Exam Simulator: The exam simulator is critical for your success! It teaches you how to process the question methodology and determine first what process group and the process you are in and then you can use your knowledge to answer whatever the questions asked. Another critical thing I did was to read the bottom part first (The actual question): What is the actual question? Then I read the whole question and began to eliminate wrong answers. I generally would not look at the MC answers until I knew where I was in the process flow.

I took 5 of the full exams. Time was never an issue for me. I practiced using the right-click to quickly eliminate 2 of the 4 answers to almost every question. Although it was slightly different on the actual at-home exam software. I got in the habit of marking every question where I didn’t know the answer or was unsure of the answer. What I found out was that my instincts were good and I had the right answer for those marked questions far more often than not. That gave me the confidence to trust myself and not fill myself with self-doubt. Point here: Put the time in and trust yourself. DON’T change answers unless you originally missed something or are certain that you had it wrong. Preparation and repetitive exams will get you there.
I took 5-10 timed quizzes a week. Various lengths. Sometimes I would target a Knowledge area and towards the end I would select the unanswered questions that I hadn’t yet seen. These quizzes help build confidence but also continuously help identify weak areas or areas where further focus is required. The goal was continuous process improvement and my scores continued to improve to the point where I was regularly 85-90%. That is when I knew I was ready.
One thing worth noting. I traditionally like having scratch paper and working out the formulas on paper. Also doing network diagrams for Critical path questions. Since I scheduled my exam online, that option was removed so I practiced the Pearson VUE whiteboard for these problems before the actual exam and planned that feature out to improve comfort and timeliness. If you like blank paper to write on, consider taking the exam at a test center. For me, that was the worst part of the exam. Although on the actual test, I only used the whiteboard for 3 problems. (i didn’t do a brain dump).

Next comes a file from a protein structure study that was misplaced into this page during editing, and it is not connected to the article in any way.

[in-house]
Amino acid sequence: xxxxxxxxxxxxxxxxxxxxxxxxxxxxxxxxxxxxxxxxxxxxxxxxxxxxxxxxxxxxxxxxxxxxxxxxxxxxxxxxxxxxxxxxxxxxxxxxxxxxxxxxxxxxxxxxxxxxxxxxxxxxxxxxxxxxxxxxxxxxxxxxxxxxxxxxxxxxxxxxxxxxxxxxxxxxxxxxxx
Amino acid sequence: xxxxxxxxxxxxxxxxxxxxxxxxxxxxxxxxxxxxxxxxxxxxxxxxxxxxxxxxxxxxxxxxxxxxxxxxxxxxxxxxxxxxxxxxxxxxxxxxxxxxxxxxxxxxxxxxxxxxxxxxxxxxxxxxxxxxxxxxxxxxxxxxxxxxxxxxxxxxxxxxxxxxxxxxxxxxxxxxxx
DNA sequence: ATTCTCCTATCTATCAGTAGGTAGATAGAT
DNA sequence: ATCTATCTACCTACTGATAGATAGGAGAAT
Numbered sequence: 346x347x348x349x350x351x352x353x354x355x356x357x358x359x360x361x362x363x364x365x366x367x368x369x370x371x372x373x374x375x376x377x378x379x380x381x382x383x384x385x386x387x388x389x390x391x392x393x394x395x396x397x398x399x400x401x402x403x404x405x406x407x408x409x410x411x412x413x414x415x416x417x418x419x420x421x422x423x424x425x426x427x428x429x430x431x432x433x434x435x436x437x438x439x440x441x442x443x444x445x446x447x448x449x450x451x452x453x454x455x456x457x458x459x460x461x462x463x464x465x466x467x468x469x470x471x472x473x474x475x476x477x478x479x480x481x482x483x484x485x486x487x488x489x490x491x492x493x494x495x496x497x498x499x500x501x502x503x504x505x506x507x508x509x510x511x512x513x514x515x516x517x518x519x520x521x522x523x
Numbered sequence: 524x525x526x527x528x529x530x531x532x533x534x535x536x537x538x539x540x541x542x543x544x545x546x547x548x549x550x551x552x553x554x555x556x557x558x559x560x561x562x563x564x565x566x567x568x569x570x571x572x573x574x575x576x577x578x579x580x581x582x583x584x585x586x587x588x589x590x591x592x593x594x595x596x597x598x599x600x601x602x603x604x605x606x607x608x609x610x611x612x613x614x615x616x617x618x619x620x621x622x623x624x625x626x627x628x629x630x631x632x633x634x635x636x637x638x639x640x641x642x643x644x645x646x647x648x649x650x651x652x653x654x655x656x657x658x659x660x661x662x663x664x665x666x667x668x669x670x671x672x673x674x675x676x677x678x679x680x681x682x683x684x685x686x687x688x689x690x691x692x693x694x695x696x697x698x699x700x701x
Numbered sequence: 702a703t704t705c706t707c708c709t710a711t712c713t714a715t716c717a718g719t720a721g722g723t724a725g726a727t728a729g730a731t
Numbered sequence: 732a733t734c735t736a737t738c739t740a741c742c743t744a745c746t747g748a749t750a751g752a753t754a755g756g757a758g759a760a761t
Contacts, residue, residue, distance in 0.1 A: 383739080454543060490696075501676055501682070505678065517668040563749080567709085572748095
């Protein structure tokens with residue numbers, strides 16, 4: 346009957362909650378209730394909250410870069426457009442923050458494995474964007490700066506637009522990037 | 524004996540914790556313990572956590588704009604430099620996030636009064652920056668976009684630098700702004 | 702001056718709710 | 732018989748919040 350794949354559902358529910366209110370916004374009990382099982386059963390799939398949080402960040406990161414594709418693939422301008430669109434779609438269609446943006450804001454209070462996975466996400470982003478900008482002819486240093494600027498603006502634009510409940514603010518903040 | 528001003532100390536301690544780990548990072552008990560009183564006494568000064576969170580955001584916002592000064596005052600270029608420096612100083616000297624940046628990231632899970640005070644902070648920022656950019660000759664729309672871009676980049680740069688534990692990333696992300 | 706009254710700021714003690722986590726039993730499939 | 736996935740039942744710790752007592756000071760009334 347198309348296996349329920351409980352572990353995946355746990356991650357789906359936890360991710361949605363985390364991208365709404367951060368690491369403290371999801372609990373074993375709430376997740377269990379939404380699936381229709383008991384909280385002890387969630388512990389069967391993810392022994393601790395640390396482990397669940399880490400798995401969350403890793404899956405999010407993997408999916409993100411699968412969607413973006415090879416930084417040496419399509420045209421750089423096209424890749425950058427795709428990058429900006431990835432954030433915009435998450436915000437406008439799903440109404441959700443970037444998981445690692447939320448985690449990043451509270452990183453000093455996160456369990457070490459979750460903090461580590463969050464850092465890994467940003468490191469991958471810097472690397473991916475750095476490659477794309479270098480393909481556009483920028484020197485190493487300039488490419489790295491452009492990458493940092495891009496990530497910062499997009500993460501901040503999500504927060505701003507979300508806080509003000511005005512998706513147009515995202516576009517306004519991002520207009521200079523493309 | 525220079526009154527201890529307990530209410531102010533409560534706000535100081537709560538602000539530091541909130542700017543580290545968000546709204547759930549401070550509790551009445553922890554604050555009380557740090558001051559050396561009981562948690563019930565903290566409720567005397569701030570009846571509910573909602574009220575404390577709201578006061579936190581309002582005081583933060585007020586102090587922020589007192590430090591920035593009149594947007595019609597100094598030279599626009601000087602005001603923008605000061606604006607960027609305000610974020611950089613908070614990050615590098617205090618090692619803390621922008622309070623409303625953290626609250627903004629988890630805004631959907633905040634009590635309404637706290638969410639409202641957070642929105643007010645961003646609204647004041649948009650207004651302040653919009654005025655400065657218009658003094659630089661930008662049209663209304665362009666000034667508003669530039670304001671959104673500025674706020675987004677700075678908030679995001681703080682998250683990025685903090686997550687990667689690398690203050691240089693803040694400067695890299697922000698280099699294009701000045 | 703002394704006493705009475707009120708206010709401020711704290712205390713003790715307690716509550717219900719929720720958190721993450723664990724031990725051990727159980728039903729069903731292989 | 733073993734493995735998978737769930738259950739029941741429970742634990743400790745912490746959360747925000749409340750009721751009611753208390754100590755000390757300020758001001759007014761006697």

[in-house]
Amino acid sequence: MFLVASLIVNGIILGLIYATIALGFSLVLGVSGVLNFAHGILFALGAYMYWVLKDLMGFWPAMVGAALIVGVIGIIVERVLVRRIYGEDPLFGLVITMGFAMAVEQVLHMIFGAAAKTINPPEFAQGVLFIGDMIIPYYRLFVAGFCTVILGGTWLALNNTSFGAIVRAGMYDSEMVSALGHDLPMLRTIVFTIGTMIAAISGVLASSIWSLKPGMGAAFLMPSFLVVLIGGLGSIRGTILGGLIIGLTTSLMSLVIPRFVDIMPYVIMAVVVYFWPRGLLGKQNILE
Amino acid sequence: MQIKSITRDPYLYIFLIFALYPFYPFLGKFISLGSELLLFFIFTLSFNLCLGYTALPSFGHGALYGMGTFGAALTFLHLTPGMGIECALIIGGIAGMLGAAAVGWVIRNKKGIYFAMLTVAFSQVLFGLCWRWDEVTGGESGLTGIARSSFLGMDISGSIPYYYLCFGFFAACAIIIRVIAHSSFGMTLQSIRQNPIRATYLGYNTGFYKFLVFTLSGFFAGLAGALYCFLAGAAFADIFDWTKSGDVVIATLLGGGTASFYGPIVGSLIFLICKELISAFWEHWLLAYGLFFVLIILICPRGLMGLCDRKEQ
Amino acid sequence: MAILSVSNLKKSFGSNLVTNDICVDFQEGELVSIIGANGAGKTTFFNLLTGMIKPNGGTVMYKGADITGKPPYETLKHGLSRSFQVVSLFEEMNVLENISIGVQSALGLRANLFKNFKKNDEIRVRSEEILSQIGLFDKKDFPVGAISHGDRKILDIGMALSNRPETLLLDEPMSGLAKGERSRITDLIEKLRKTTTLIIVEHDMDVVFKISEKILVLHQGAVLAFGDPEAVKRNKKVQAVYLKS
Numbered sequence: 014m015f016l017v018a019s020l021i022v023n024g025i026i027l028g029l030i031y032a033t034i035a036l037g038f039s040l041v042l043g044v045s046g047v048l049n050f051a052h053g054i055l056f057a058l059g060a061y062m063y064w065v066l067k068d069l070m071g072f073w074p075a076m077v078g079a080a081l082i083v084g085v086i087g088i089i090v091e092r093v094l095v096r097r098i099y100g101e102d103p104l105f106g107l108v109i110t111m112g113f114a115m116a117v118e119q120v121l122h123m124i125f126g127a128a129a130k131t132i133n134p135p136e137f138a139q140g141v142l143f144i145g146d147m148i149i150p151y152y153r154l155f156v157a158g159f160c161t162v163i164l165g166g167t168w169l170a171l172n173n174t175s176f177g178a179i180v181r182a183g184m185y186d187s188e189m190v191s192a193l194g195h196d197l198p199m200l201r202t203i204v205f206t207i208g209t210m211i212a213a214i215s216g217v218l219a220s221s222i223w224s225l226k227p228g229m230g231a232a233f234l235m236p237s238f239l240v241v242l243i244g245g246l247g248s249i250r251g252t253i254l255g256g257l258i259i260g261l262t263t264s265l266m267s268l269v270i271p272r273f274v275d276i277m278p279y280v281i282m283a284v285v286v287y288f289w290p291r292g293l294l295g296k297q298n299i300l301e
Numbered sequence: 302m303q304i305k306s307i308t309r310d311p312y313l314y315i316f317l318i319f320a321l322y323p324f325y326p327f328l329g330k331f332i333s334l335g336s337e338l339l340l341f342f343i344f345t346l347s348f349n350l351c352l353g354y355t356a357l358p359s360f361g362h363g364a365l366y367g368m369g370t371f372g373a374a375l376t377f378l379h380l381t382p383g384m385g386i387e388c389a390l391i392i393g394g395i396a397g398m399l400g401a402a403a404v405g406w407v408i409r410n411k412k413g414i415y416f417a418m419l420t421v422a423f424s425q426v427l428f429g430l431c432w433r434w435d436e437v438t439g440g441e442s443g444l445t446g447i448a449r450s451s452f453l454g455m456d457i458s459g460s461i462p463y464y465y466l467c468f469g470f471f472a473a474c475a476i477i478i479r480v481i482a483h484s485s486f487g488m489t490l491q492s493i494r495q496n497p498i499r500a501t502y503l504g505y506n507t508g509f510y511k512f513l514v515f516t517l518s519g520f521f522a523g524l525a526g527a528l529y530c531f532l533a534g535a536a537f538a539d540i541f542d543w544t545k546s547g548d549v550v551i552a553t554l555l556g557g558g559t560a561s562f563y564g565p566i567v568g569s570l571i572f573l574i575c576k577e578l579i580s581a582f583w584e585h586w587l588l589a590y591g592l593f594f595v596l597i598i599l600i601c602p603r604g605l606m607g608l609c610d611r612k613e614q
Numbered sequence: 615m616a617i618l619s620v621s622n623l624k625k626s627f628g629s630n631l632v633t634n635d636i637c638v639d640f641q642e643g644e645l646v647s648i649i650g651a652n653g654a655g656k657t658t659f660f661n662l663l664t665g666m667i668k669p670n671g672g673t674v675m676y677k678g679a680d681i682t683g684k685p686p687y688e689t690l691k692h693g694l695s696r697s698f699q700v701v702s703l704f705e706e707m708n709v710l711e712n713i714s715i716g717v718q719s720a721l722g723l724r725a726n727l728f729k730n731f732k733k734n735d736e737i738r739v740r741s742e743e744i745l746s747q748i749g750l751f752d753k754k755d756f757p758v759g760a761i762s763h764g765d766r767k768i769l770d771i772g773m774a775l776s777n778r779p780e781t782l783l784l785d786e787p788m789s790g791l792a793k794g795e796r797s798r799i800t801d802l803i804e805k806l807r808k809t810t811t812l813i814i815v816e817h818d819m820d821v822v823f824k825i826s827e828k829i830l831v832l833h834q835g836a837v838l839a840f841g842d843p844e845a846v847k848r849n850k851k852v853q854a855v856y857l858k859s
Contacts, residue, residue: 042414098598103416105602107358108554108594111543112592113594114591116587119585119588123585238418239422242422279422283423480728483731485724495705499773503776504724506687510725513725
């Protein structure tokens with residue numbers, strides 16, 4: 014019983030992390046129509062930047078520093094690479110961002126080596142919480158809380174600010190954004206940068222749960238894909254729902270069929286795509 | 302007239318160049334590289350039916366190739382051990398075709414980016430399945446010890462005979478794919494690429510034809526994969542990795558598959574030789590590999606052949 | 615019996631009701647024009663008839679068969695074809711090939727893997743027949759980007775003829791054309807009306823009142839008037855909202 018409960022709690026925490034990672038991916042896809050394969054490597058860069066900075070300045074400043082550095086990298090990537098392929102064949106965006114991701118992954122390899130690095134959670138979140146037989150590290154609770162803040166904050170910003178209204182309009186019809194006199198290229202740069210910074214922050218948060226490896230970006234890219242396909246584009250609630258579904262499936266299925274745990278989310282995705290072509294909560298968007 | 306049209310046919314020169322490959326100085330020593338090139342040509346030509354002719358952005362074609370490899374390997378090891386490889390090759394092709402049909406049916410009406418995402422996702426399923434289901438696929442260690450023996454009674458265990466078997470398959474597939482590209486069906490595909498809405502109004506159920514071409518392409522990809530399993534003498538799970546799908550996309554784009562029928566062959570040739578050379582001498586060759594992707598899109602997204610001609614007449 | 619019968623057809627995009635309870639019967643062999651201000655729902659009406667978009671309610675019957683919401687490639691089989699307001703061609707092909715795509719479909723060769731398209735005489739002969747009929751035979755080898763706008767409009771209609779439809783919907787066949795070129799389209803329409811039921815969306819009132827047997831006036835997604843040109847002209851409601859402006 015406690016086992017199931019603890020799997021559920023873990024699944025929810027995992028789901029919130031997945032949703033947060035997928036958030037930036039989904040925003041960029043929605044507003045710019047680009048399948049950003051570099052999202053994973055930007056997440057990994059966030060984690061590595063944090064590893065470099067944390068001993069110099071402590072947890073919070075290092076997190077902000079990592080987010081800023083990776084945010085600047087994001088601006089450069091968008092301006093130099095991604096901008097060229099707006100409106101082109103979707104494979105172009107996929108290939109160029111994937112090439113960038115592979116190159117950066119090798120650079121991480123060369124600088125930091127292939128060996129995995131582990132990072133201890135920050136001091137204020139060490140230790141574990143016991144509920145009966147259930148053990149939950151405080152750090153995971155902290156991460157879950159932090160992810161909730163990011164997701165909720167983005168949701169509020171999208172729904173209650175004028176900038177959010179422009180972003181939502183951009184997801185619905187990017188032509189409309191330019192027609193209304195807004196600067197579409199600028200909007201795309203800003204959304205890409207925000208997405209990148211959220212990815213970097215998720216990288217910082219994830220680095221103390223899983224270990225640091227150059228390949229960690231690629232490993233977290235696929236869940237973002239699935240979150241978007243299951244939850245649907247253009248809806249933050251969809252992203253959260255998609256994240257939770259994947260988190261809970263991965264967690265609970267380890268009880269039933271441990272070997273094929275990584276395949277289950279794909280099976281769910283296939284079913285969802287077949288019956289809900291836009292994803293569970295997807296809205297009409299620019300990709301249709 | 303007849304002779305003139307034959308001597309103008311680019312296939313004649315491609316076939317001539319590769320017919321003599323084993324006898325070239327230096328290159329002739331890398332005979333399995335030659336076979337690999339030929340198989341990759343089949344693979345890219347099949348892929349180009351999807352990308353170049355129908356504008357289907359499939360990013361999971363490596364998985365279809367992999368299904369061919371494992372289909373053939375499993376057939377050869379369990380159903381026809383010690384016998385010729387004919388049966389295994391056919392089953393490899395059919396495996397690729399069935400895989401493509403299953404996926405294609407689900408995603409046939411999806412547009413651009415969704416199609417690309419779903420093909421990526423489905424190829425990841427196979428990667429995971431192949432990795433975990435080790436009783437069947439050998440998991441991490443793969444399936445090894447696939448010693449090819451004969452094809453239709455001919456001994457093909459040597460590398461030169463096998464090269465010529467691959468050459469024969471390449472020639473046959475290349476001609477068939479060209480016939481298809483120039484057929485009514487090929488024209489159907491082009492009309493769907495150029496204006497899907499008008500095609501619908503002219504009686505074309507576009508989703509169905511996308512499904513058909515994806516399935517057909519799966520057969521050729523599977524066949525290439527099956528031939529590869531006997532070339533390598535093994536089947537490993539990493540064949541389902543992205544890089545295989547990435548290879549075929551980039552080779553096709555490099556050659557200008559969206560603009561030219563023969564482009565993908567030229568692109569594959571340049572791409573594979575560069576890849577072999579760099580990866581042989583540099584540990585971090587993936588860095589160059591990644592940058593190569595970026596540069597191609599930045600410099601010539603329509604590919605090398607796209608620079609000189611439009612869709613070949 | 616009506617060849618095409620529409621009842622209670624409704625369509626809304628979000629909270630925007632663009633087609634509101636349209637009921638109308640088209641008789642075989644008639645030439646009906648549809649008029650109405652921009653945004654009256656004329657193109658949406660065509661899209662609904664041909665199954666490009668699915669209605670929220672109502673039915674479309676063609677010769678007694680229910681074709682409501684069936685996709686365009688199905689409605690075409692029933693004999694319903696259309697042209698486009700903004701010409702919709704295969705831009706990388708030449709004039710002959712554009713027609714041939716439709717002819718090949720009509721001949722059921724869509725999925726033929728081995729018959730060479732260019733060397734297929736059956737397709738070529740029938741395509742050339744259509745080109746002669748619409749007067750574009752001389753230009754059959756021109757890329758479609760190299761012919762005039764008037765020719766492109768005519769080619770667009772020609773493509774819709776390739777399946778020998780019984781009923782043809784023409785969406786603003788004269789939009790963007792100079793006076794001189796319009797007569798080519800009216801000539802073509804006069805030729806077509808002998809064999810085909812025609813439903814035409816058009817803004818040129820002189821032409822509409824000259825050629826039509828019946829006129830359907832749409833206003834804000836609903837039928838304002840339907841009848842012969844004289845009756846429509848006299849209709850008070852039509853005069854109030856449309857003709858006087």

Exam: The Pearson at-home exam went well. The test was essentially the exam simulator with some small variations between the applications. Putting in the time on the exam simulator is critical. Expose yourself to as many questions as possible.

I put in about 20 hours/week into studying and relied primarily on my notes, the PMBOK Guide and the exam simulator. I also reviewed this video to memorize all the Outputs and it was great for all the “what’s Next?” questions.


Again, Thanks to Cornelius and all the PMPrepcast staff. Your program and products are exceptional!!!

OSP INTERNATIONAL LLC
OSP INTERNATIONAL LLC
Training for Project Management Professional (PMP)®, PMI Agile Certified Practitioner (PMI-ACP)®, and Certified Associate in Project Management (CAPM)®